After new federal rules, St. Louis immigration lawyers say clients fear fast-track deportations | St. Louis Public Radio

After new federal rules, St. Louis immigration lawyers say clients fear fast-track deportations

Feb 21, 2017

The Department of Homeland Security’s latest announcement on the Trump administration’s immigration policies have alarmed local immigrants and their advocates.

In two memos released Tuesday, the department expanded the scope of immigration raids, undermined sanctuary areas and called on local law enforcement to help with federal immigration enforcement.

St. Louis immigration lawyer Jim Hacking said his office phone lines have been busy since the announcement, with clients unsure of how to move forward.

“People are really and utterly freaked out,” he said. “They’re wondering if they should carry their papers on them, they’re wondering what they should do, they want to have a lawyer on speed dial. Frankly, people are scared.”

Immigration attorneys in St. Louis say the department’s plan to expedite deportations for unauthorized immigrants who have been in the country unlawfully for up to two years amounts to a "fast-track deportation process.”

“You don’t even get to see a judge who might be able to identify a form of immigration relief or a way you could stay in the country that you might not have been aware of,” explained Jennifer Ibañez Whitlock, a St. Louis immigration lawyer.

Under the Obama administration, Immigration and Customs Enforcement officials had a hierarchy of unauthorized immigrants that they should be targeting for deportation, Ibañez Whitlock said. Those priorities included people with criminal records who only recently arrived in the United States. Under the Trump administration's new memos, she said, “everyone is fair game.”

“It seems like the focus now is identify and remove people as quickly as possible,” Ibañez Whitlock said. “For me, as an attorney, that raises serious due process concerns — because even non-citizens have certain due process rights in the United States.”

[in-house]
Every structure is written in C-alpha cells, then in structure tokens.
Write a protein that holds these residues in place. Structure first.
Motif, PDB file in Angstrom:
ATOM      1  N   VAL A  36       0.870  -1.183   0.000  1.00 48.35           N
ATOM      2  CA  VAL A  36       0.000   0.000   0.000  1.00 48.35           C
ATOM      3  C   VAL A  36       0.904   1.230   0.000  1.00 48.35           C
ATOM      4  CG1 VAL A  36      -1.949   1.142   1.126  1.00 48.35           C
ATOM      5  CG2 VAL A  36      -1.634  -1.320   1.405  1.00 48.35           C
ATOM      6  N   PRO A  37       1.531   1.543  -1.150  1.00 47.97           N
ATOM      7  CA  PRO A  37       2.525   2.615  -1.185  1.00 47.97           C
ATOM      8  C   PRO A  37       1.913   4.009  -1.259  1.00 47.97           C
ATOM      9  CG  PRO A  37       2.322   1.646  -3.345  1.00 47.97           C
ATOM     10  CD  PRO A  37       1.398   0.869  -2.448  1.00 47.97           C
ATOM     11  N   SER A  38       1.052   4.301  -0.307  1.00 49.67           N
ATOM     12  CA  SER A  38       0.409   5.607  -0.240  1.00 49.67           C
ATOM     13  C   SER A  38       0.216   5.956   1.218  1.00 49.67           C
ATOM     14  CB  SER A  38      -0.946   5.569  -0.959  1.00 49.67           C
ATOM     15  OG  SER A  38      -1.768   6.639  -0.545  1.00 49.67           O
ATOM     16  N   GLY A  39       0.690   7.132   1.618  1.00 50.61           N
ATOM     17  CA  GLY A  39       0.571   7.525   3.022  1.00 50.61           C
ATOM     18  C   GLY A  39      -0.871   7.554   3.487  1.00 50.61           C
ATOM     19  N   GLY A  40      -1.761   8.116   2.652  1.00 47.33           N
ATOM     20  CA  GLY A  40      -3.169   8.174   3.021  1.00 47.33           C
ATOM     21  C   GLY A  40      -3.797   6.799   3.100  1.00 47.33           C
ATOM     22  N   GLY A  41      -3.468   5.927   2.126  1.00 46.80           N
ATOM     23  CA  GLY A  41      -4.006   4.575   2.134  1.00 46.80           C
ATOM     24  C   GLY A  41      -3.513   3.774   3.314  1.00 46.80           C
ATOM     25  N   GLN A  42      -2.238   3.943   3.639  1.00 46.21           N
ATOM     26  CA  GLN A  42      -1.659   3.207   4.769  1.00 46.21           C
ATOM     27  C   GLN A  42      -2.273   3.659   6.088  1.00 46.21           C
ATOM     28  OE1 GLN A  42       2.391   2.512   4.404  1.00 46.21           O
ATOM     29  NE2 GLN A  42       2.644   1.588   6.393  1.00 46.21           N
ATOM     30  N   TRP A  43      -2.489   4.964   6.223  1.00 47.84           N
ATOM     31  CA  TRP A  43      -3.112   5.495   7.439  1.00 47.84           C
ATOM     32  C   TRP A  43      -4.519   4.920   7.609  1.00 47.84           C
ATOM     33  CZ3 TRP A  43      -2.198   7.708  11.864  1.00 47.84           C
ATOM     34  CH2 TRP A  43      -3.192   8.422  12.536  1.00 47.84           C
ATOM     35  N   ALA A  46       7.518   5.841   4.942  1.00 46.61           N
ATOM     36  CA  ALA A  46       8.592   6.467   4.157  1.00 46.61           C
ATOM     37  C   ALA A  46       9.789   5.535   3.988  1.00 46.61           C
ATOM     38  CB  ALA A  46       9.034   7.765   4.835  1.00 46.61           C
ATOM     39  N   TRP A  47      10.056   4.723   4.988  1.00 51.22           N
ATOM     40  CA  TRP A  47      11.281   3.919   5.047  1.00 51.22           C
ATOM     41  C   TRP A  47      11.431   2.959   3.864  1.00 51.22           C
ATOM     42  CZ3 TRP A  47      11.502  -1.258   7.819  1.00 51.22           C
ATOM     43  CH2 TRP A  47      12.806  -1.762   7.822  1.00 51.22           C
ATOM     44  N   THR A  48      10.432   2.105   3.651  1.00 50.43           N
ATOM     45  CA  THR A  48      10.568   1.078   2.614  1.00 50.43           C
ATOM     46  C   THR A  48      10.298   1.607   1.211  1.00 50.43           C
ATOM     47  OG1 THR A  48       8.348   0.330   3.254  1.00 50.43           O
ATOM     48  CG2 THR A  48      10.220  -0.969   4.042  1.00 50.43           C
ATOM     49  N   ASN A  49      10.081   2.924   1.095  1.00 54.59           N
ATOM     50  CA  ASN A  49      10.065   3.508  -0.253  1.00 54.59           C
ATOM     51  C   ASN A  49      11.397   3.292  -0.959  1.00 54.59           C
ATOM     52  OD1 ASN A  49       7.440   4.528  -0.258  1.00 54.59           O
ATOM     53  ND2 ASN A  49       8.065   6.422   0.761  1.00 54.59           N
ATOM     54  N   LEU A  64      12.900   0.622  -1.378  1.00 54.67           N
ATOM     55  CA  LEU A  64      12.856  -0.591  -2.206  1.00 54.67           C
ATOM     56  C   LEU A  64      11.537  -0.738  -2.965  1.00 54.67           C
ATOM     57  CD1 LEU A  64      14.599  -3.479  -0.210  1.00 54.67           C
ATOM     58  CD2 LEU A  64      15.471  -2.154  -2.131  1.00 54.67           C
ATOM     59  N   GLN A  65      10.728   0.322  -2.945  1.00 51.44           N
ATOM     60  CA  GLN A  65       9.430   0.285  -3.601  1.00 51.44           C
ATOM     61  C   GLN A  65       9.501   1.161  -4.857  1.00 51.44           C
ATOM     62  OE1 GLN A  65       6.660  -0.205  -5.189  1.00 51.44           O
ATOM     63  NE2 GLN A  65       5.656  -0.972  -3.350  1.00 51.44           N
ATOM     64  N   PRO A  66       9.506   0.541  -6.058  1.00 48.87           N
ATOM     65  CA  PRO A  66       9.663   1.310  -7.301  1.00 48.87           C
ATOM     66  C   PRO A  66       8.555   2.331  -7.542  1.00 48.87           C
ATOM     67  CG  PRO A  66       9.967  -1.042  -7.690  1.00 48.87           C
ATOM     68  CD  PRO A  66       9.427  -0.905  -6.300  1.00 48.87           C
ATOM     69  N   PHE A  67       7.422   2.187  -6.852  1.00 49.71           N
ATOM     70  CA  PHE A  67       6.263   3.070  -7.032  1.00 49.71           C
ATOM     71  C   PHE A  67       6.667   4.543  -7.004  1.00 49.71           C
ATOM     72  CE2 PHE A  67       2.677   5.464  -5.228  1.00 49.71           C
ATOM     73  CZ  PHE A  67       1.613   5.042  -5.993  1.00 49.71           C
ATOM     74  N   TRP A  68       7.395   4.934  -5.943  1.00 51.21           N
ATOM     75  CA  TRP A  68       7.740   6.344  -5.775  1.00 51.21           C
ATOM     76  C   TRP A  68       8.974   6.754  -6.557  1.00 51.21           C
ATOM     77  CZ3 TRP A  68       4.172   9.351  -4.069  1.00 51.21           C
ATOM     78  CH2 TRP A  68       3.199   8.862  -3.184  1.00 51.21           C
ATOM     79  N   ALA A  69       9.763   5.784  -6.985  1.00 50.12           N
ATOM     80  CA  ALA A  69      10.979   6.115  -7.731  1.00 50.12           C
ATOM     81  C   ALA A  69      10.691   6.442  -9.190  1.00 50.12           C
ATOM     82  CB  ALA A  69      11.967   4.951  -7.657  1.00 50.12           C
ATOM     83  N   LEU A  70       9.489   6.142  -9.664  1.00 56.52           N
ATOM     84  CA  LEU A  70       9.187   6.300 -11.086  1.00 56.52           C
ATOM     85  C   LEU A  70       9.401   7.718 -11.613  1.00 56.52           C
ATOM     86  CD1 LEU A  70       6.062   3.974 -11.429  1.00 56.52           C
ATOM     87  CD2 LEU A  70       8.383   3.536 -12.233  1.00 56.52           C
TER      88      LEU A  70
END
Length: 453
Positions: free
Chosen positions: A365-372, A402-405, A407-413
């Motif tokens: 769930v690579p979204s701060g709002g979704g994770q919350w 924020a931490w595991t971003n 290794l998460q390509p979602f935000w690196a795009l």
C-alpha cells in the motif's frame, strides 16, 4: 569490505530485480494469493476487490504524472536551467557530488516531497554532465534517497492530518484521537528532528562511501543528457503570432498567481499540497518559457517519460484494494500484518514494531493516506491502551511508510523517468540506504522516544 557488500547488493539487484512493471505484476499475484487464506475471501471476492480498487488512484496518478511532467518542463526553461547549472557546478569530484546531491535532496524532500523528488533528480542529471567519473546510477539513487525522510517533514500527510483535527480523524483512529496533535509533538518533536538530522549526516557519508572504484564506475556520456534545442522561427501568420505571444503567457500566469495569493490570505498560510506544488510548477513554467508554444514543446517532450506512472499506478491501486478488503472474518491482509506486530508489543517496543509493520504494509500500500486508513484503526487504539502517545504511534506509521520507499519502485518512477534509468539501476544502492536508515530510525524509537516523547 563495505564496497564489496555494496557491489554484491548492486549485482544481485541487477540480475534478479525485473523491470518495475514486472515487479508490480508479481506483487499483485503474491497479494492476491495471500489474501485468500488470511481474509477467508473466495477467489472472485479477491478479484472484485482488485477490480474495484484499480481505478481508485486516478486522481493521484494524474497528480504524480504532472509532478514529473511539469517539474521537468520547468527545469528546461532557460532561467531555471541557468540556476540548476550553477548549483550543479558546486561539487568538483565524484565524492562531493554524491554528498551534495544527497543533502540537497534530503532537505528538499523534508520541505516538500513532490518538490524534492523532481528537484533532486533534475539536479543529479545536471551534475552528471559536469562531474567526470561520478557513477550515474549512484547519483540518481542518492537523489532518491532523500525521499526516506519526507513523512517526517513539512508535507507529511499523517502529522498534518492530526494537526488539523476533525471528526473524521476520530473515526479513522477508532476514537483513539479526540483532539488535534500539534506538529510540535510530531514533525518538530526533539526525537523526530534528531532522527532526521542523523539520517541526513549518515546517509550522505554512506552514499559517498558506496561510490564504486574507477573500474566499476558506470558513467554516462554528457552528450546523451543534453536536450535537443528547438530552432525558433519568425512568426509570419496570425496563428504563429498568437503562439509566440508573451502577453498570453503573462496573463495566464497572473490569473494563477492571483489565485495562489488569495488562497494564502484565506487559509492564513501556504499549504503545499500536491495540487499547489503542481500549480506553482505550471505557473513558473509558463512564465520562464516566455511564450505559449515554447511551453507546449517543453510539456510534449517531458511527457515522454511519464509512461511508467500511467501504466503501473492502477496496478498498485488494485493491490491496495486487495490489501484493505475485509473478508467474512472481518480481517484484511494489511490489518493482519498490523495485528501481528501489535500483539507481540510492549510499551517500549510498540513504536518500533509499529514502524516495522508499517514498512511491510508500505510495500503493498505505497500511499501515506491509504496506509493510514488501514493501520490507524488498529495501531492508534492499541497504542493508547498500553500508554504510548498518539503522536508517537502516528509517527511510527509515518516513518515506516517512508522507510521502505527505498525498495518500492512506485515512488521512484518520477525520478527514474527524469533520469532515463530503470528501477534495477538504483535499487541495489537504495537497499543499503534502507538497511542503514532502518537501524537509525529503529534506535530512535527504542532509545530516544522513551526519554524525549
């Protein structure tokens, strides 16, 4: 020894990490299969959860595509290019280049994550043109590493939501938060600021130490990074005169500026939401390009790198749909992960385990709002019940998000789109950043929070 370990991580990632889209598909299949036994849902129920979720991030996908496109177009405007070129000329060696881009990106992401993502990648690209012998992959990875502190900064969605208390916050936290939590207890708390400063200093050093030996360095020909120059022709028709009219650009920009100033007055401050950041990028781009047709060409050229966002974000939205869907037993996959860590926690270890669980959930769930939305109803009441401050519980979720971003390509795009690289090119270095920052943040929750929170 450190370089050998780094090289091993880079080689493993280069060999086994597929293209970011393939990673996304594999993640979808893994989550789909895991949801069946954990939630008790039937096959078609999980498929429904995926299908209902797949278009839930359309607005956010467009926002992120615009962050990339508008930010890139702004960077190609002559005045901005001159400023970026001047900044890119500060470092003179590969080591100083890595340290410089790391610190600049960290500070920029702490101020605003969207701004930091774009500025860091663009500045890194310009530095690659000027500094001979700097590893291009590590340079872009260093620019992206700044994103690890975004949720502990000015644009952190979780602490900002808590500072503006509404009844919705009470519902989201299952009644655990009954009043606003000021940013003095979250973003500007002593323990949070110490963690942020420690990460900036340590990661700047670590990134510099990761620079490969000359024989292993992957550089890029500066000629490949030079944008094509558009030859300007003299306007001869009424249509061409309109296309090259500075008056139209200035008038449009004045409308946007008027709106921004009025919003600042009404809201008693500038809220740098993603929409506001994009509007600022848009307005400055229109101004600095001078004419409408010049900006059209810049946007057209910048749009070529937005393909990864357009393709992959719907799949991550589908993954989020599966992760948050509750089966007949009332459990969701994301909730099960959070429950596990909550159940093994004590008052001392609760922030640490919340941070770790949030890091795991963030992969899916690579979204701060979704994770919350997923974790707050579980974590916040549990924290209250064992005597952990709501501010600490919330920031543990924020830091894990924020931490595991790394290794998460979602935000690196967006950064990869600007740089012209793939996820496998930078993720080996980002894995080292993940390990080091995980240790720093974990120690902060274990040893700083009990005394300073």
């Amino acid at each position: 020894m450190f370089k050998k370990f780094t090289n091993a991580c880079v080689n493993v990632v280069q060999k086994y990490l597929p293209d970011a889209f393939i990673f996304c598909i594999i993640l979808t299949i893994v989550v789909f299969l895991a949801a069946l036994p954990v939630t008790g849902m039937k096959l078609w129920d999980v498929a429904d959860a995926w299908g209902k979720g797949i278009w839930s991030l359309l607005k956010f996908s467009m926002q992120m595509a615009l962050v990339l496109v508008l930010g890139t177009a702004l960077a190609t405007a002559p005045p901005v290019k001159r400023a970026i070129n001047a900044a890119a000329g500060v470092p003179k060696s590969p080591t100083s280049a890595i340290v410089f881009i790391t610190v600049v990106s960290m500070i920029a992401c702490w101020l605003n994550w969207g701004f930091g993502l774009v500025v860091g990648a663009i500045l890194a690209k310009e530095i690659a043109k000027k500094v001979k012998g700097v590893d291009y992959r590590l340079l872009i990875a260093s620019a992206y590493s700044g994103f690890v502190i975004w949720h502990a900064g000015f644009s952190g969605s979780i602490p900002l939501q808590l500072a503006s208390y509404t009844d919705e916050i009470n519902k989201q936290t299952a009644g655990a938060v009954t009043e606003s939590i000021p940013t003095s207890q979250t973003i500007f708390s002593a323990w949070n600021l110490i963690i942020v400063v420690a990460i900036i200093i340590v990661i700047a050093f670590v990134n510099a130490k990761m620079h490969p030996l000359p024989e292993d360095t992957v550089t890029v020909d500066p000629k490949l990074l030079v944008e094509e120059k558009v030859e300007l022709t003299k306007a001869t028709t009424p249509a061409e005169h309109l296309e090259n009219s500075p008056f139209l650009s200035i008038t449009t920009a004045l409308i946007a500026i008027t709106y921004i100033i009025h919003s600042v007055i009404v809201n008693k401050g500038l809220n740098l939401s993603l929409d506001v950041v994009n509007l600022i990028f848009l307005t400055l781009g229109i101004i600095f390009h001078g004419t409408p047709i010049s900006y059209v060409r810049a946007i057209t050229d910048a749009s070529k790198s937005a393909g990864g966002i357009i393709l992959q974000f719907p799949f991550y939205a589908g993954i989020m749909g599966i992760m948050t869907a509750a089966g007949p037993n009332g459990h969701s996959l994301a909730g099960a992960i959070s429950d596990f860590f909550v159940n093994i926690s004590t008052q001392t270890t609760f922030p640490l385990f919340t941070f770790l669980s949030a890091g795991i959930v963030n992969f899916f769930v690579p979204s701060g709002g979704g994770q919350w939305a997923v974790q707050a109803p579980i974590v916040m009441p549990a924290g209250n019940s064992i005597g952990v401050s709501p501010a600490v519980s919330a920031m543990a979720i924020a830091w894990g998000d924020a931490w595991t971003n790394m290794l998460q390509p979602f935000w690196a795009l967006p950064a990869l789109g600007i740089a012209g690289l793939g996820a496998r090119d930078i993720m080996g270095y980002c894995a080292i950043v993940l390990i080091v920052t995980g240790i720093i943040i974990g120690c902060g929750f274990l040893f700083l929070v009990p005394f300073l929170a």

The new rules make it clear that the Trump administration wants to increase the number of people being deported, Hacking said. But for that to happen, he said, federal authorities will have to put more resources behind the effort.

Absent that investment, Hacking said, the Trump administration will have to cut corners.

“Everyone talks about the wall, but right now there’s not a mechanism in the courts to move things along faster,” Hacking said. “I think what these memos are aiming to do is strip away the due process for a lot of these people, if they don’t have papers on them proving that they’ve been here for more than two years. They’re going to kick [immigrants] out without much real analysis as to whether or not they have valid claims to stay in the United States.”

The Migrant and Immigrant Community Action Project, a local advocacy organization, is hosting Know Your Rights and Power of Attorney presentations for unauthorized immigrants and their allies. Presentations are held across the city and explain many of the changes to immigration policy brought on by the new administration.

Ibañez Whitlock said it's easy to empathize with her worried clients. She immigrated to the United States from Guatemala in 1989 during the country’s civil war.

“I often say, ‘but for the grace of God, I’d be in the same position as a lot of my clients,’” Ibañez Whitlock said. “For me, it came down to somebody approving a green card application 20 years ago.”

Follow Jenny on Twitter @jnnsmn